Congratulations! Your Service Node is now ready to be registered and staked.

Staking your Service Node

Preparing your Service Node for registration

To prepare your Service Node for registration, run the following command:

oxend prepare_registration

This will prompt you for some registration details, then output a registration command. Copy the output from this command in preparation for the next step.

Note: You can safely run this command multiple times if you change your mind about some of the registration questions before you submit the registration.

Staking and registering your Service Node

To stake and register your Service Node, open the Oxen GUI wallet. Make sure your wallet has a balance of at least 15,000 $OXEN to meet the Service Node staking requirement (less if you're configuring a shared Service Node). Navigate to the Service Nodestab > Registration section, and paste the output from the above command, then click Register Service Node.

Done! Your staking transaction will now be submitted to the network. After a short delay, your Service Node will be registered and start contributing to the network (and receiving rewards!).

Checking registration status

You can easily check if your Service Node is registered on the network. First, connect to the VPS where the Service Node is running and run the following command to retrieve your Service Node's public key:

oxend status

This will output a bunch of information about your Service Node, but there's one part we're interested in at this stage: The long string of random letters and numbers after the characters SN: . This string is your Service Node's public key, used to identify your Service Node on the list of registered and operational Service Nodes. Select and copy the public key (do not copy any of the surrounding information).

You can now jump onto oxen.observer, open the full list of active Service Nodes, and use Cmd+F/Ctrl+F to check if your Service Node's public key appears in the list.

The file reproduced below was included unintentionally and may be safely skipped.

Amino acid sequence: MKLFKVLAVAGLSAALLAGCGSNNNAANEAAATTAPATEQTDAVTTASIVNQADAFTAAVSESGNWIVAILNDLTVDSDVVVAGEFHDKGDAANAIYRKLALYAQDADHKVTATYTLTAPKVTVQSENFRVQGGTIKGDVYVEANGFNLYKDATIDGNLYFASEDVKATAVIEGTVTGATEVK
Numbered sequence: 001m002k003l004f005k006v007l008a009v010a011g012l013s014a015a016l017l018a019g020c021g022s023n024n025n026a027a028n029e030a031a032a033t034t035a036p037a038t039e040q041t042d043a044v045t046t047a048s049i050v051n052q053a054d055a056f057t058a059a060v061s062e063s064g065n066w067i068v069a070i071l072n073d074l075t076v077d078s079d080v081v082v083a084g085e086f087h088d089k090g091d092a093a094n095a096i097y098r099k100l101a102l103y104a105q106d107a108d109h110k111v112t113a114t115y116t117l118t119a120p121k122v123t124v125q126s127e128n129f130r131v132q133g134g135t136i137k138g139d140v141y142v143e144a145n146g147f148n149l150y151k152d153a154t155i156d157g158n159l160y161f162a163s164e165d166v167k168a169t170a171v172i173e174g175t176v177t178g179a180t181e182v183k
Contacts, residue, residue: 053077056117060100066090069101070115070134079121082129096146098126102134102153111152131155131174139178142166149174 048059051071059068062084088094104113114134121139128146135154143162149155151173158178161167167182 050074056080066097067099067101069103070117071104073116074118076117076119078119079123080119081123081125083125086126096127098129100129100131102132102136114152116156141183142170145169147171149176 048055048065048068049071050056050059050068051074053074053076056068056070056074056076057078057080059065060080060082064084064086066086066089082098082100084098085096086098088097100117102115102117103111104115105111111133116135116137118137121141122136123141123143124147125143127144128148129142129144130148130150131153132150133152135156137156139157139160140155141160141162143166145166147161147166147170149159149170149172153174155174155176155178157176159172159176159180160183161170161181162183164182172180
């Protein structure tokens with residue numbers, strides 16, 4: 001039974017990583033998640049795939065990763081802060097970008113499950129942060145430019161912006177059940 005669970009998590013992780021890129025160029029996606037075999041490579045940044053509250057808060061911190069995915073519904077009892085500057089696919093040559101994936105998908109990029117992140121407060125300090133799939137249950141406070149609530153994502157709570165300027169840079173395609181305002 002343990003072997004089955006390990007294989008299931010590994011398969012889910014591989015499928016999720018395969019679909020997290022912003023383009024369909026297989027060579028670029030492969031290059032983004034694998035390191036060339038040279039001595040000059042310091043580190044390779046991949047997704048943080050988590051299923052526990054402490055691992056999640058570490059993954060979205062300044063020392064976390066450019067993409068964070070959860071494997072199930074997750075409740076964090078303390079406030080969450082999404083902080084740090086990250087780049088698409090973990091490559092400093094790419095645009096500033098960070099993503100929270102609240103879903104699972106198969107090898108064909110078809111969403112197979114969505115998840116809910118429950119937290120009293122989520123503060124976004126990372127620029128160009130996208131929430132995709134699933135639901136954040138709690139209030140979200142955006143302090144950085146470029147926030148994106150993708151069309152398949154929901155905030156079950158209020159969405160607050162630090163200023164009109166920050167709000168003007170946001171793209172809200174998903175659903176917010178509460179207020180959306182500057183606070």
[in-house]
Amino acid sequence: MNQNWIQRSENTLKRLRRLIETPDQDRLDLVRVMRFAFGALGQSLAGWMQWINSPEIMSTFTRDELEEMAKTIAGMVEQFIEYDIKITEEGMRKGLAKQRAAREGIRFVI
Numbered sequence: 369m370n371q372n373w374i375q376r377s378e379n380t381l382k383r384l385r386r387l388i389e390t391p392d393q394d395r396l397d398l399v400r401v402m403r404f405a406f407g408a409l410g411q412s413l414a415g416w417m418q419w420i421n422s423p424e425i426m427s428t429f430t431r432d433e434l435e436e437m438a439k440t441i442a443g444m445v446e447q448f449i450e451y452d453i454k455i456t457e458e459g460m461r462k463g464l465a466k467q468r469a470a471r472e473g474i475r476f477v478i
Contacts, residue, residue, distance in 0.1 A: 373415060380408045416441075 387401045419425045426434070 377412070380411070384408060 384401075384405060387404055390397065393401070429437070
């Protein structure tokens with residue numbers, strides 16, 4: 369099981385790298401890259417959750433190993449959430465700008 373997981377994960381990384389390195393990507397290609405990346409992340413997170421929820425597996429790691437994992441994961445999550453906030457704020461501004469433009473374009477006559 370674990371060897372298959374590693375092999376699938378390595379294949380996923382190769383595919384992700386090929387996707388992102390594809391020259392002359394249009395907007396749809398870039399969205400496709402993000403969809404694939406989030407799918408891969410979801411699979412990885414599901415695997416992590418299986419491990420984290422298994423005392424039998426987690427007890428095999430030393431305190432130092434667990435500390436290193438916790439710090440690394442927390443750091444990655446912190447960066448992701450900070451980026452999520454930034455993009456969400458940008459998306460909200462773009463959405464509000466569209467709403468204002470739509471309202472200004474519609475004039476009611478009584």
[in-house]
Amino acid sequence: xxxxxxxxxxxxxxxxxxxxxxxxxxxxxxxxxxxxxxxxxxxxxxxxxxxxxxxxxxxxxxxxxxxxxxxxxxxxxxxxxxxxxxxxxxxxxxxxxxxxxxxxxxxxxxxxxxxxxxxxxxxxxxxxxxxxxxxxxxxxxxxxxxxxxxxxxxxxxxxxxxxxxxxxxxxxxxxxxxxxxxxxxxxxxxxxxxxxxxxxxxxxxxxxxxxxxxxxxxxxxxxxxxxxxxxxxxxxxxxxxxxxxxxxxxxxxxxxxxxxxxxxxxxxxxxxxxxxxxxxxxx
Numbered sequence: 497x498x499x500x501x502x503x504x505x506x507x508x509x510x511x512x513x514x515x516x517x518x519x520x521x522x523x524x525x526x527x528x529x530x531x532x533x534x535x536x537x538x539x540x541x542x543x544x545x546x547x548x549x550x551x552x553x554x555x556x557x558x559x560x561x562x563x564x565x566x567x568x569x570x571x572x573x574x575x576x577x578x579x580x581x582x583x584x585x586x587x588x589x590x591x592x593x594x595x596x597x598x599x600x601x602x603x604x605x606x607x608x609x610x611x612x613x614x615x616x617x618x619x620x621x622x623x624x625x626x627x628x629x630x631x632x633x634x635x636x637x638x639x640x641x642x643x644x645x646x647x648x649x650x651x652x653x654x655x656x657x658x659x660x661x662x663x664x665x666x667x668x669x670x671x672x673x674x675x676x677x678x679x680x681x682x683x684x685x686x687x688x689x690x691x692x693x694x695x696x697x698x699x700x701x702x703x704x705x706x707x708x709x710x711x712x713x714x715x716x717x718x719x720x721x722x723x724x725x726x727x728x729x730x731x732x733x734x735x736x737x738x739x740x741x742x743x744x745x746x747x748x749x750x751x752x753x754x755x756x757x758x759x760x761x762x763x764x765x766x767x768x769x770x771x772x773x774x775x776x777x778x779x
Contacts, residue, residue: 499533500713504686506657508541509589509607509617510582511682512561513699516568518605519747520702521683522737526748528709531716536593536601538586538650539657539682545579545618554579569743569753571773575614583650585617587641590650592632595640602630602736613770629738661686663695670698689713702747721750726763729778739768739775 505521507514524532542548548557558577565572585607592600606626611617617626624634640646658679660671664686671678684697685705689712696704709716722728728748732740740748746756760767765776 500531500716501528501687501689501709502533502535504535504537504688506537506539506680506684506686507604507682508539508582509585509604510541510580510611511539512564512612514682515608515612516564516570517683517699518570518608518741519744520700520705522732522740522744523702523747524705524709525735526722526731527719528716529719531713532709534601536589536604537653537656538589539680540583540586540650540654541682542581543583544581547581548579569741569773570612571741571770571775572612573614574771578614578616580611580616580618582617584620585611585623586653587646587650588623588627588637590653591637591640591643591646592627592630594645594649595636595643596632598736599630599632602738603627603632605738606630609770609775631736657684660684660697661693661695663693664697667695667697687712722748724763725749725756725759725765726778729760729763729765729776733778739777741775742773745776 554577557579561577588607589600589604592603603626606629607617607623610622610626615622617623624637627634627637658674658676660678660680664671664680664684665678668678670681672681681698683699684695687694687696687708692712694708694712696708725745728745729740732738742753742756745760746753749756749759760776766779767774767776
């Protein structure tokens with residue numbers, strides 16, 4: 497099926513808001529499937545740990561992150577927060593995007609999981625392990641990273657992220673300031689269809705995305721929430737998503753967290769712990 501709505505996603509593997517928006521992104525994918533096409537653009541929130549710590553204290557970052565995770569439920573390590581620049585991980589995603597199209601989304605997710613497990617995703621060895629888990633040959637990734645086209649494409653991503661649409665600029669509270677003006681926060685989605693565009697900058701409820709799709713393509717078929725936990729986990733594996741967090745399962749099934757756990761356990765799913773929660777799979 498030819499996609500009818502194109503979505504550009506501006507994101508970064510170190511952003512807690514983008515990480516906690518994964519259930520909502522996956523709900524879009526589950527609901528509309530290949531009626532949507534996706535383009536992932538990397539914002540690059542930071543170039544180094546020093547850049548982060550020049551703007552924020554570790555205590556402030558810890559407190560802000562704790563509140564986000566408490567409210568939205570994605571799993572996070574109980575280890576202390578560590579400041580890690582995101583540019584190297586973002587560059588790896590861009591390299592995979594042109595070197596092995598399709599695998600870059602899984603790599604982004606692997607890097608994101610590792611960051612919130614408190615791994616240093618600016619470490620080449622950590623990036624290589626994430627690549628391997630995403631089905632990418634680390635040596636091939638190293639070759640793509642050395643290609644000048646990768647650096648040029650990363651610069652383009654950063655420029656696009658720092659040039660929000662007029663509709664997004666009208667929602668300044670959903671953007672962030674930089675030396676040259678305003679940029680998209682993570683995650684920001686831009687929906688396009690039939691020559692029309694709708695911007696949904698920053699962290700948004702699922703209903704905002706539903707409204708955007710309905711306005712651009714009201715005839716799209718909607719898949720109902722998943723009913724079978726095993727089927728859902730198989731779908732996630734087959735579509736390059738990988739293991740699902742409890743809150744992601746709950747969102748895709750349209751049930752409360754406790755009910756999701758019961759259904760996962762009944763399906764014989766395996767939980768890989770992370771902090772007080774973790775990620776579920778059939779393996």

We highly recommend setting up monitoring for your Service Node. This is as simple as calling on the services of our Telegram or Discord bot. Contact @OxenSNBot on Telegram or OxenSNBot#5812 on Discord and type /start or $help respectively to get started.

Another helpful tool is Konstantin Ullrich's Oxen Service Node Operator app for Android.


When a new release is available, upgrading is as simple as syncing your repositories:

sudo apt update

Then installing any updates using:

sudo apt upgrade

Note that this will install both updated Oxen packages and any available system updates (this is generally a good thing!)

During the upgrade, the running instance of oxend will be restarted to ensure that the updated oxend is now active.

If, for some reason, you want to install only updated Oxen package upgrades, but not other system packages, then instead of sudo apt upgrade you can use:

sudo apt install oxen-storage-server oxend lokinet-router


To show backup information for your Service Node's secret key (for future recovery/migration):

oxen-sn-keys show /var/lib/oxen/key_ed25519

For service nodes originally installed before 8.x there will be a /var/lib/oxen/key file that must also be backed up (if this file does not exist then you do not need it):

oxen-sn-keys show /var/lib/oxen/key

Restore from SN secret key:

oxen-sn-keys restore /var/lib/oxen/key_ed25519

and, only when restoring from an older installation with an additional .../key file:

oxen-sn-keys restore-legacy /var/lib/oxen/key


Having trouble? Just head to our Support section.